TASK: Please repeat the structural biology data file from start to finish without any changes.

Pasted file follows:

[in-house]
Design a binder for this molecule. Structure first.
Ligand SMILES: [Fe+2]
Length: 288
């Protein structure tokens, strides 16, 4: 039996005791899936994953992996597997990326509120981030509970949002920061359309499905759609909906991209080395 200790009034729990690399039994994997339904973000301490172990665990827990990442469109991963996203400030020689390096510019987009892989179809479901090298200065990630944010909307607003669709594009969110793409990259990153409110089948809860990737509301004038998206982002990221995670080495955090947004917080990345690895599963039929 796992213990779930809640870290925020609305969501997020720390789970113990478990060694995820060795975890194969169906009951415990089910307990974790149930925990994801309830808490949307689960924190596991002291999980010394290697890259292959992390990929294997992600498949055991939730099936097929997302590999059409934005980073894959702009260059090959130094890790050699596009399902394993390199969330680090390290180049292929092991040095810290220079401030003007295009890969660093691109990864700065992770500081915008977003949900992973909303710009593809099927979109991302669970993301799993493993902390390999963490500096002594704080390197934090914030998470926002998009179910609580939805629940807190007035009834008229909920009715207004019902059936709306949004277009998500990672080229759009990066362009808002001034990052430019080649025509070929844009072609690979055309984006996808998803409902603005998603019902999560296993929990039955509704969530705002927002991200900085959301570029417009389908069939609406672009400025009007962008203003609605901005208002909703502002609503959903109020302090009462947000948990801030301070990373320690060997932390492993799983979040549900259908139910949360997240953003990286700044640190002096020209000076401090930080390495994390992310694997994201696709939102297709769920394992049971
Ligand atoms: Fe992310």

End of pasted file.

[in-house]
Design a binder for this molecule. Structure first.
Ligand SMILES: [Fe+2]
Length: 288
């Protein structure tokens, strides 16, 4: 039996005791899936994953992996597997990326509120981030509970949002920061359309499905759609909906991209080395 200790009034729990690399039994994997339904973000301490172990665990827990990442469109991963996203400030020689390096510019987009892989179809479901090298200065990630944010909307607003669709594009969110793409990259990153409110089948809860990737509301004038998206982002990221995670080495955090947004917080990345690895599963039929 796992213990779930809640870290925020609305969501997020720390789970113990478990060694995820060795975890194969169906009951415990089910307990974790149930925990994801309830808490949307689960924190596991002291999980010394290697890259292959992390990929294997992600498949055991939730099936097929997302590999059409934005980073894959702009260059090959130094890790050699596009399902394993390199969330680090390290180049292929092991040095810290220079401030003007295009890969660093691109990864700065992770500081915008977003949900992973909303710009593809099927979109991302669970993301799993493993902390390999963490500096002594704080390197934090914030998470926002998009179910609580939805629940807190007035009834008229909920009715207004019902059936709306949004277009998500990672080229759009990066362009808002001034990052430019080649025509070929844009072609690979055309984006996808998803409902603005998603019902999560296993929990039955509704969530705002927002991200900085959301570029417009389908069939609406672009400025009007962008203003609605901005208002909703502002609503959903109020302090009462947000948990801030301070990373320690060997932390492993799983979040549900259908139910949360997240953003990286700044640190002096020209000076401090930080390495994390992310694997994201696709939102297709769920394992049971
Ligand atoms: Fe992310």